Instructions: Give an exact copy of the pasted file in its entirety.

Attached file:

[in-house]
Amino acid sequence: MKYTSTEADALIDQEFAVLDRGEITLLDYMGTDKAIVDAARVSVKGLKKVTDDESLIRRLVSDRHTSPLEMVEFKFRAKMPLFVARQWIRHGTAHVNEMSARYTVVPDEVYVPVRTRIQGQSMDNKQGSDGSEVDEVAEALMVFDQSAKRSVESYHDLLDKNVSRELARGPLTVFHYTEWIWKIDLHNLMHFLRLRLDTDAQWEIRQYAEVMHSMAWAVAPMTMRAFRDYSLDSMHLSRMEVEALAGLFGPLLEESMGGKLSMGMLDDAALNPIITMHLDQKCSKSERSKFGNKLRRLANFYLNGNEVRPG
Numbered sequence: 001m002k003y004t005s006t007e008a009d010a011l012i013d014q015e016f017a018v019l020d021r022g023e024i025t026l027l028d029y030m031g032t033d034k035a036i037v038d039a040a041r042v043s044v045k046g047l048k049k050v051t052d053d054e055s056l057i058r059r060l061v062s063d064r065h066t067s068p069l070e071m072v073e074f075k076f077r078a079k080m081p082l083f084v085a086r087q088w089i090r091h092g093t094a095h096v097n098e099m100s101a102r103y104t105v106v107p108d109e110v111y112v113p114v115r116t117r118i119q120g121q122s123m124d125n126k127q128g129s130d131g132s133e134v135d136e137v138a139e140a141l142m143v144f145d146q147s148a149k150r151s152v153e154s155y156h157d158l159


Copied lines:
[in-house]
Amino acid sequence: MKYTSTEADALIDQEFAVLDRGEITLLDYMGTDKAIVDAARVSVKGLKKVTDDESLIRRLVSDRHTSPLEMVEFKFRAKMPLFVARQWIRHGTAHVNEMSARYTVVPDEVYVPVRTRIQGQSMDNKQGSDGSEVDEVAEALMVFDQSAKRSVESYHDLLDKNVSRELARGPLTVFHYTEWIWKIDLHNLMHFLRLRLDTDAQWEIRQYAEVMHSMAWAVAPMTMRAFRDYSLDSMHLSRMEVEALAGLFGPLLEESMGGKLSMGMLDDAALNPIITMHLDQKCSKSERSKFGNKLRRLANFYLNGNEVRPG
Numbered sequence: 001m002k003y004t005s006t007e008a009d010a011l012i013d014q015e016f017a018v019l020d021r022g023e024i025t026l027l028d029y030m031g032t033d034k035a036i037v038d039a040a041r042v043s044v045k046g047l048k049k050v051t052d053d054e055s056l057i058r059r060l061v062s063d064r065h066t067s068p069l070e071m072v073e074f075k076f077r078a079k080m081p082l083f084v085a086r087q088w089i090r091h092g093t094a095h096v097n098e099m100s101a102r103y104t105v106v107p108d109e110v111y112v113p114v115r116t117r118i119q120g121q122s123m124d125n126k127q128g129s130d131g132s133e134v135d136e137v138a139e140a141l142m143v144f145d146q147s148a149k150r151s152v153e154s155y156h157d158l159